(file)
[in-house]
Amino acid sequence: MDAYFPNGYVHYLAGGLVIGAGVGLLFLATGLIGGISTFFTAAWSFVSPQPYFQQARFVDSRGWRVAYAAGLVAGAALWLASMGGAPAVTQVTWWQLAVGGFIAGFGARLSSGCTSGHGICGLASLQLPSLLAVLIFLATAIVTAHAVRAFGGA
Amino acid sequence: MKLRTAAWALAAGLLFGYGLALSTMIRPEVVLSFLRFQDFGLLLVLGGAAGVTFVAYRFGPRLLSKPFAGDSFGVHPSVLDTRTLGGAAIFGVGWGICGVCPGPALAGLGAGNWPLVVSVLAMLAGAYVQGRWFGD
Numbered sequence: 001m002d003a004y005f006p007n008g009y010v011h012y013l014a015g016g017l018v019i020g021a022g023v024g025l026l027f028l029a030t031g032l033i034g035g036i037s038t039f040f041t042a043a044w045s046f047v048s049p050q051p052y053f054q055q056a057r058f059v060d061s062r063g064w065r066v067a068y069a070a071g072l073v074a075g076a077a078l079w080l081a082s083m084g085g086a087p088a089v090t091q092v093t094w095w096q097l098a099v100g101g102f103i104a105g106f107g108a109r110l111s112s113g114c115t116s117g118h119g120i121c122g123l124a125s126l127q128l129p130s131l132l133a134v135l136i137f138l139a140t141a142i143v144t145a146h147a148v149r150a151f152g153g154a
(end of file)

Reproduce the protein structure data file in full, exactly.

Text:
[in-house]
Amino acid sequence: MDAYFPNGYVHYLAGGLVIGAGVGLLFLATGLIGGISTFFTAAWSFVSPQPYFQQARFVDSRGWRVAYAAGLVAGAALWLASMGGAPAVTQVTWWQLAVGGFIAGFGARLSSGCTSGHGICGLASLQLPSLLAVLIFLATAIVTAHAVRAFGGA
Amino acid sequence: MKLRTAAWALAAGLLFGYGLALSTMIRPEVVLSFLRFQDFGLLLVLGGAAGVTFVAYRFGPRLLSKPFAGDSFGVHPSVLDTRTLGGAAIFGVGWGICGVCPGPALAGLGAGNWPLVVSVLAMLAGAYVQGRWFGD
Numbered sequence: 001m002d003a004y005f006p007n008g009y010v011h012y013l014a015g016g017l018v019i020g021a022g023v024g025l026l027f028l029a030t031g032l033i034g035g036i037s038t039f040f041t042a043a044w045s046f047v048s049p050q051p052y053f054q055q056a057r058f059v060d061s062r063g064w065r066v067a068y069a070a071g072l073v074a075g076a077a078l079w080l081a082s083m084g085g086a087p088a089v090t091q092v093t094w095w096q097l098a099v100g101g102f103i104a105g106f107g108a109r110l111s112s113g114c115t116s117g118h119g120i121c122g123l124a125s126l127q128l129p130s131l132l133a134v135l136i137f138l139a140t141a142i143v144t145a146h147a148v149r150a151f152g153g154a